Color matching between brands is hit or miss. Sometimes a really subtle difference in the formula will result in a big difference in the room. If you don’t want to ask a paint company to match a Benjamin Moore color for you, there are other options.
This free online color comparison tool will give you color names in different brands that compare to your desired color.
You can also order Benjamin Moore paint directly from them. Here is their shipping policy.
General tips for choosing your historical paint colors
- Make a selection of many colors, and then start eliminating.
For some reason, it is much easier to see a color’s true nature when comparing it to something else. You can tell that one blue is too gray, one is too green, and one is just right. Internet research is helpful, but there’s nothing like having a paint chip in your hand. I have the Benjamin Moore Fan deck (the classic collection has all the historical collection colors in it as well), and it has saved me many times.
2. Don’t let the name sway you
This is true when you are picking any paint color. But it’s especially true with Benjamin Moore and with this specific collection. It’s madness. Don’t let crazy paint names get you.
3. Keep the light in mind
This is important for every paint color, but particularly for this collection! The amount of gray in each shade can look elegant in one room–and downright depressing in another.
- Natural Light:
- The direction of Light: North-facing light is cooler and can make colors look bluer, while south-facing light is stronger and brighter, often intensifying colors. (Eastern exposures will act like Northern exposures in the evening, and vice-versa.)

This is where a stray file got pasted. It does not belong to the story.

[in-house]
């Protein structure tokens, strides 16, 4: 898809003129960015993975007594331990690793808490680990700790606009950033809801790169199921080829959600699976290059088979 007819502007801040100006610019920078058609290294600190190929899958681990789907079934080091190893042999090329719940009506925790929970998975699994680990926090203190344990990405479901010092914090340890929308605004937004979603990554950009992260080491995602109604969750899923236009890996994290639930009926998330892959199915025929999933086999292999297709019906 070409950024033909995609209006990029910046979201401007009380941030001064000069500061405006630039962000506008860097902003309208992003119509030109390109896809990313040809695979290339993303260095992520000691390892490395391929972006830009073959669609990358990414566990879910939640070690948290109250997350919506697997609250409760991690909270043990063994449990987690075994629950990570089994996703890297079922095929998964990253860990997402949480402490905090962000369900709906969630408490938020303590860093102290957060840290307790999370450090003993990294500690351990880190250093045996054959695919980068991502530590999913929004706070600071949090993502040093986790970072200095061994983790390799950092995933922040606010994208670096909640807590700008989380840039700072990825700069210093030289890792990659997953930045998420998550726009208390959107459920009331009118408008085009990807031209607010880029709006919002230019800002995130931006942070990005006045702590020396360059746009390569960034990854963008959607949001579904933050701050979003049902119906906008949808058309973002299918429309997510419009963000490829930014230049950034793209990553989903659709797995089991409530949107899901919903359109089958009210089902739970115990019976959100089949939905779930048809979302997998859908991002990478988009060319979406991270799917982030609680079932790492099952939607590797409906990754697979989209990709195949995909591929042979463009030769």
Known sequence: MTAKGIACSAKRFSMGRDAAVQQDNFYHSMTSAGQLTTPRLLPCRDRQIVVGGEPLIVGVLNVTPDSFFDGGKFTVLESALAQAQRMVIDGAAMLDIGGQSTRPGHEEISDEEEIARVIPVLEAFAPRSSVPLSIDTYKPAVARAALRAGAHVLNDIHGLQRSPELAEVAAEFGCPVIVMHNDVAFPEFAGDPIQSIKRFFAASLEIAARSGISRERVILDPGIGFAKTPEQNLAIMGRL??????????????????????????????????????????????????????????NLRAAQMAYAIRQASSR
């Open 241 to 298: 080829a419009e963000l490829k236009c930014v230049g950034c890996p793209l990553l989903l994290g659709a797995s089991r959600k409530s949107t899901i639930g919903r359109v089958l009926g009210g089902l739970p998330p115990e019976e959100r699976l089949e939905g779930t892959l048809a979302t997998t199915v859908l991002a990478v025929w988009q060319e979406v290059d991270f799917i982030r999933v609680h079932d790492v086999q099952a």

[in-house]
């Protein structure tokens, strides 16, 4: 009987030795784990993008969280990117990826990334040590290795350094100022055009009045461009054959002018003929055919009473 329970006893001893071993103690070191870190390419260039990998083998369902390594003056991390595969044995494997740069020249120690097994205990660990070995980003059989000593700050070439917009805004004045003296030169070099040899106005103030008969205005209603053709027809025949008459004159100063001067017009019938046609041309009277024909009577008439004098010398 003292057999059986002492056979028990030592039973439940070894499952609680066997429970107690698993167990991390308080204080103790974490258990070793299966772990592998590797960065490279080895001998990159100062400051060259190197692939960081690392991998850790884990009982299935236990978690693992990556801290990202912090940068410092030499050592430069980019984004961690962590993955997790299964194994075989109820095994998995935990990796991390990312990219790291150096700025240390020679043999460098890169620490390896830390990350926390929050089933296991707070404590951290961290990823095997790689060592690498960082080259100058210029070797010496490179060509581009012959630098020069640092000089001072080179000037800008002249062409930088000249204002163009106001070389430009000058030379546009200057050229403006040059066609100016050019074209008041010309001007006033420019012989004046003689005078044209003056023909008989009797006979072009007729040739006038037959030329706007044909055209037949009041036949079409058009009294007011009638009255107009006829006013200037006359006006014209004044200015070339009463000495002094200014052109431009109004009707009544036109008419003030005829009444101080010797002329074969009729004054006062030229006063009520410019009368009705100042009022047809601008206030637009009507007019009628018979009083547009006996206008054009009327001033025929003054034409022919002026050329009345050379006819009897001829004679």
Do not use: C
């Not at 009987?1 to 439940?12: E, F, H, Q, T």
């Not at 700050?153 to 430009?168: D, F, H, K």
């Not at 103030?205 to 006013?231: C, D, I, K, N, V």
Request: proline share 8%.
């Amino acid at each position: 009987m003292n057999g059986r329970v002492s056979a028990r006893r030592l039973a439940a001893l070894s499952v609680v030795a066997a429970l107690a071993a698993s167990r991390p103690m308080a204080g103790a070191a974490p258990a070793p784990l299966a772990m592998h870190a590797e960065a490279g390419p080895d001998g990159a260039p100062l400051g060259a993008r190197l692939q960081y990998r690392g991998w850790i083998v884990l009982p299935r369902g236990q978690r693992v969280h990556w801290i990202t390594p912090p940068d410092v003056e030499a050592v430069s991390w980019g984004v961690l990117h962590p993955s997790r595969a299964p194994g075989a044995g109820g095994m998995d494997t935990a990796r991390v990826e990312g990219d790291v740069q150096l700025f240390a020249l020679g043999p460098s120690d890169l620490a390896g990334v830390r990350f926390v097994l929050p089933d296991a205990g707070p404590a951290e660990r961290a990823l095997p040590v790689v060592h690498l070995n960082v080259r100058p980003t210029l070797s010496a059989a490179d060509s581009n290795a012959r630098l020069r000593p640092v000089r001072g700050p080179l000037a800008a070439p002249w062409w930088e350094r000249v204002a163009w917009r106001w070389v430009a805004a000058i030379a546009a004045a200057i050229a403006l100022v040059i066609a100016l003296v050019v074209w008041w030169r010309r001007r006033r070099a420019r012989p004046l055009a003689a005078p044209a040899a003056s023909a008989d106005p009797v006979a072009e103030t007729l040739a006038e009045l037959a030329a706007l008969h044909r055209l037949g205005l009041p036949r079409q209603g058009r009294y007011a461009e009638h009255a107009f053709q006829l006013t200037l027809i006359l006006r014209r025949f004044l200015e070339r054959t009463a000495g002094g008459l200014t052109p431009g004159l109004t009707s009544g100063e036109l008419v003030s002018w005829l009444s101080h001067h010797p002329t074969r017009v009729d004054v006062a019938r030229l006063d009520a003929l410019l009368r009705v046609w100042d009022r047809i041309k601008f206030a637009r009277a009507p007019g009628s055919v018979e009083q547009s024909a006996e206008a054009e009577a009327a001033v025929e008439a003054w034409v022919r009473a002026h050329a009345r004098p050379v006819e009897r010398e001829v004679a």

- Weather Conditions: Overcast days can diffuse natural light, making colors appear flatter, while sunny days can increase contrast and saturation.
- Artificial Light:
- Bulb Type: Incandescent bulbs emit a warm, yellowish light that can warm up colors, while fluorescent lighting is cooler and can give colors a bluish tinge.
- LEDs: LED lights come in various color temperatures, affecting the color perception; warm LEDs can mimic incandescent light, while cool LEDs resemble daylight.
- Dimmers: The use of dimmers can change the intensity of the light, which can in turn soften or intensify the perceived color.
There are under 200 colors in the Historical Collection, and almost all of them are good. I listed out my favorites, but I love nearly all of them. I hope this guide has helped you see some real-life examples and inspired you to add some color to your home.
I believe in decorating over time, so don’t rush. Every time I’ve hurried to pick a paint color it has not gone well. Take the time to research, get samples, and then decide.